We all have been there. It’s a scar that brands the soul. It changes the way we interact in that relationship, permanently.
Betrayal takes many forms, it might be in gossip, a secret, abandonment, and even rejection.
It’s a tricky beast. Once you have been betrayed it sets you out on high alert, because your heart just can’t take the pain of losing trust in someone you love so dearly.
Did you notice I didn’t write love in a past tense?
That’s right, the ones that leave us marred, are those that are not only people we used to love, instead, we still do and always will.
I could list several stories where I have been betrayed. It would be tales of great abandonment and rejection but honestly, I love those people too much to even recant the details.
I could also list when I have been the one that betrayed my loved one. Like many other stories, it would start with a, “I never meant to..”
Most times it was not deliberate, in fact, many times I know it was purely unintentional, but the offense was cast and the more I tried to right the wrong, the more damage occurred.
It goes both ways. I think there are many times where when we just stepped out at the wrong time and to the other person it was rejection.
It’s hard living in a world where offense runs prevalent. Betrayal is often gossiped about but rarely confronted, which breeds contempt.
Why do we do this to others and ourselves?
My greatest betrayals haven’t been what was said about me, rather it was more what wasn’t said. It’s that wounded elephant in the room that is so painfully obvious that everyone is afraid to send it stampeding.
We cringe at the thought of hurting the ones we love, but sometimes things happen that we just have no way of preparing for and we say or do things that we can’t take back.
This leads me to one of the most infamous betrayers of all time, Judas.
He was one of the twelve disciples and counted in the inner circle of Jesus. He broke bread with Jesus and listened to His words with great intent. Jesus loved him and called him friend and brother.We never hear about all of the good things he did, just his betrayal.
I always wondered what made him betray his mentor, his savior, the one he loved? While we all know it had to happen in some way shape or form, I can’t help but wonder did he grow jealous?
Did he feel abandoned, insecure, or rejected in some way that just got the best of him?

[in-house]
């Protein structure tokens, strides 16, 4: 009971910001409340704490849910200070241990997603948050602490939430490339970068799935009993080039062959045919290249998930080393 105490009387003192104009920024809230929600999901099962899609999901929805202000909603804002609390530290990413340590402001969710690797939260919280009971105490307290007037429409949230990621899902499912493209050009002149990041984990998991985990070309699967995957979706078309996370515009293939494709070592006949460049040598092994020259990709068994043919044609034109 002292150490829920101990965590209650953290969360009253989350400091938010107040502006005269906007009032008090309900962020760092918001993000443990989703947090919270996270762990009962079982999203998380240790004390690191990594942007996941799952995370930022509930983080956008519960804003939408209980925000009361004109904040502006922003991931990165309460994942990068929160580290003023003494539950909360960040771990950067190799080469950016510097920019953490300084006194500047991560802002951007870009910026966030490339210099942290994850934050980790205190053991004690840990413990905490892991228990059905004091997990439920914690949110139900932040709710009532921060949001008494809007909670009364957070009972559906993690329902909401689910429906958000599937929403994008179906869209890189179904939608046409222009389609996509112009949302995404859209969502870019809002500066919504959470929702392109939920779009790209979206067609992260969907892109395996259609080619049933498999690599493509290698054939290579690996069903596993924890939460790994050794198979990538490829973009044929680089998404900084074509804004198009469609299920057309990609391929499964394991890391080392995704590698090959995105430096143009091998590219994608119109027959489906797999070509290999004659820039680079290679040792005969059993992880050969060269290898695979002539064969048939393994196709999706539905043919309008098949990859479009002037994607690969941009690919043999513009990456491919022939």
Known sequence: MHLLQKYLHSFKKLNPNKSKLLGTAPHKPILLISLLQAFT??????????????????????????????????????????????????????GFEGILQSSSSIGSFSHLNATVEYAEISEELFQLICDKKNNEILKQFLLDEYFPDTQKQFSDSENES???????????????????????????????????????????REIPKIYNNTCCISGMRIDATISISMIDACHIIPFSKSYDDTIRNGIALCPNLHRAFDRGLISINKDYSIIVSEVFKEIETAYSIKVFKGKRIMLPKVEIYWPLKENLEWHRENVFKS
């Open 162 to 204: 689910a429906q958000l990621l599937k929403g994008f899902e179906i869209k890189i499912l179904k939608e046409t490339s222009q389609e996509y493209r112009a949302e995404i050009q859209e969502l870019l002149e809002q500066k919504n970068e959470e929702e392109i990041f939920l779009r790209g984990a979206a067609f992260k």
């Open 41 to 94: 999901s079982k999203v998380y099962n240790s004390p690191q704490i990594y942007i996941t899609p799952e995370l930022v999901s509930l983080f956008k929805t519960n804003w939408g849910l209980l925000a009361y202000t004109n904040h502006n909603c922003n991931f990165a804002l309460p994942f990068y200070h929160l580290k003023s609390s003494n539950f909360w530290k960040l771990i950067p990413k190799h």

It’s easy to be angry at Judas when we read the story of his betrayal of Jesus. But how often have we done the same?
Maybe we haven’t lead our loved one to physical death or sold them for thirty pieces of silver. Instead, maybe it was the death of a relationship or we sold out our friendship for something we thought would be better?
Maybe we smiled and hugged the person then secretly inside we burned with anger at something we had allowed to penetrate our heart?
Luke 22:3 (NIV) gets straight to the point:
“Then Satan entered Judas, called Iscariot, one of the Twelve.”
It doesn’t say Judas did it on his own, it says Satan entered.
How often have we allowed Satan to enter our hearts when our feelings and thoughts overwhelm us?
Or let’s flip it.
Could these betrayals be a blessing in disguise? Could they help prepare us for our walk in life and teach us remorse, compassion, and controlling our tongue? Or how to withstand the horror as we helplessly watch our reputations become tarnished, with grace and forgiveness?
Maybe it could help us when we are standing in the face of the storm of rejection and abandonment and holding fast to trusting that G-d will reveal truth here on earth? Or maybe we will have to wait for our vindication to come when we stand face to face with our savior?
When we feel betrayed, more times than not we want to lash out for justice or shut down for self-preservation. I have been challenged to see rejection as beneficial. Without the betrayal of Judas, Peter’s denial, or the disciples (his inner circle) of Jesus that feel asleep when he asked them to pray in his hour of need, Jesus might never have been able to do what he came to do, to save us from ourselves and death.
He too felt rejected, abandoned, unworthy, and scarred.
The Bible says to not let the sun go down on our anger, I see why. It just festers and boils with each passing minute and we feel empowered by the anger instead of seeing it for the toxicity that it really is.
Each time that I have been betrayed I have had a part of me die to realize that person isn’t who I thought they were or that I thought I should be.
The truth is, after each betrayal we have a choice. Do we forgive as G-d does and release grace that we so desperately ask for?
Or do we harbor bitterness and hold to what we feel is right, when secretly it is suffocating our very spirit?
It’s a battle we wage at some point or another. To make the right choice often really hurts.
Whereas the wrong choice feels so good, while slowly destroying everything in its path.
What if we take that pain that was meant for evil and choose to bless instead of cursing?
These simple words transform the way we live each day.
We all will be afflicted by betrayals in our lives. Some worse and harder to forgive than others. How we respond to these rejections can alter the way we interact with others for the rest of our lives.
The very things that were meant to break us, when we allow G-d to heal and strengthen to become the person He knows we can be. We can’t do it on our own, but with G-d anything is possible.
Let us lived as Jesus instructed us to and pray for those who hurt us. May we lay down our hurts and keep on showing the love that we all desire.
Today is a fresh start, let us begin…
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